Post-Foreclosure Defense in Georgia
Sometimes, previous property owners remain in their homes after foreclosure, either by choice or necessity. At Brian R. Cahn & Associates, LLC we assist clients in post-foreclosure defense, including defense against deficiency judgments and evictions. Our goal is to help clients fight foreclosures and evictions whenever possible, using protections afforded under bankruptcy law and real property law.
Defending against Deficiency Judgments
In Georgia, if your home is foreclosed on and sold for less than the amount you owe on your mortgage, your lender may be able to pursue a deficiency lawsuit against you for the difference between your home’s sale price and the outstanding loan balance. However, there are valid and effective defenses against deficiency judgments, such as:
- The lender may have been able to mitigate (lessen) its damages.
- The lender may not be the proper party to seek a deficiency judgment.
- The lender may have violated the Truth in Lending Act (TILA) or other lending laws.
- The lender may be required to pursue a private insurance claim prior to attempting to collect from the former homeowner.
Increasing awareness of illegal shortcuts taken by lenders in foreclosure proceedings has provided former homeowners with the opportunity to defend themselves against lenders who pursue deficiency judgments. In fact, if a case is reopened to set aside a foreclosure, a lender may lose the right to pursue a deficiency judgment.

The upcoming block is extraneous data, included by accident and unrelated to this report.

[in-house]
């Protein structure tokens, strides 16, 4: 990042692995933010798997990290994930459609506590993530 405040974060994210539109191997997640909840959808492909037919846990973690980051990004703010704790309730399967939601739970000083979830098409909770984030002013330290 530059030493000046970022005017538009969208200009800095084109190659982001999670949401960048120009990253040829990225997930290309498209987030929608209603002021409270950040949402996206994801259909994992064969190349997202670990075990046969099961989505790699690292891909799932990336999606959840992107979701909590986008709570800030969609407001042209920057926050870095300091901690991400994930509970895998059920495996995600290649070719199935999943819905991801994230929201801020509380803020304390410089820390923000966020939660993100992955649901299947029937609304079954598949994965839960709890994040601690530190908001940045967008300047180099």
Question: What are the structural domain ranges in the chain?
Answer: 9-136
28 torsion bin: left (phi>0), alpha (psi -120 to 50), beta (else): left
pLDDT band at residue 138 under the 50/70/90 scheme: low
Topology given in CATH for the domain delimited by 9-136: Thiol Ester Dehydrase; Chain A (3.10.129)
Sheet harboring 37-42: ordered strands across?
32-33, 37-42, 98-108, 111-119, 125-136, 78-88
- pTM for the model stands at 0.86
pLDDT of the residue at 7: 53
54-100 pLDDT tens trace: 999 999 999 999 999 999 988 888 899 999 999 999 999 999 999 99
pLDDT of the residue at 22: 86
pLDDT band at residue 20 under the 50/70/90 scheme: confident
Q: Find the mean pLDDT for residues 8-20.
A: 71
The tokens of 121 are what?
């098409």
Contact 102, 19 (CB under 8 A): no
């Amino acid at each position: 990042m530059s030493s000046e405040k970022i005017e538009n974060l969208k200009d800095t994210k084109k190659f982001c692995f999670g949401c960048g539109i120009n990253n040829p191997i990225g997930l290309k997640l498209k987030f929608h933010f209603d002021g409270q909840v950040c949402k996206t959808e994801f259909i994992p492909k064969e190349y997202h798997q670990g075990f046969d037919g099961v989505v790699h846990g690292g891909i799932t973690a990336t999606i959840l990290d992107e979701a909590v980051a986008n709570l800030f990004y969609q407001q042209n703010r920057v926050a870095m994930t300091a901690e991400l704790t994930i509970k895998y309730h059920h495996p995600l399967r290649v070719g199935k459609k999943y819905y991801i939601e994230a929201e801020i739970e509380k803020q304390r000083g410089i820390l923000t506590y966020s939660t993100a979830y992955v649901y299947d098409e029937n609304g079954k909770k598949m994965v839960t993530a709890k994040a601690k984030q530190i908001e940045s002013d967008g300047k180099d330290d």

Post-Foreclosure Eviction Defense
To evict a former homeowner after foreclosure, the new owner (often a bank) must follow specific procedures, including serving notice and going to court. This is because a former homeowner who remains after foreclosure is considered a tenant at sufferance, and has the same right as all tenants to defend against eviction by bringing certain claims against the property owner. For example, a former homeowner may win an eviction case if he or she did not receive reasonable notice, or if the bank’s court complaint is defective.
Another way to fight eviction is through bankruptcy. If you file for bankruptcy during eviction proceedings, your eviction case cannot move forward without the Bankruptcy Court’s permission. The bank must file a motion in your bankruptcy case, and only if the motion is allowed can the eviction proceed. You may also challenge the foreclosure as part of your bankruptcy case.
Talk to a Local Georgia Lawyer about Staying in Your Home after Foreclosure
If you have been through foreclosure and are facing eviction, do not give up. There are still ways to fight back, and we can help you do it. Contact Brian R. Cahn & Associates, LLC today for a free initial consultation. Our lawyers serve clients throughout North Georgia from offices in Cartersville, Calhoun, Dalton and Dallas.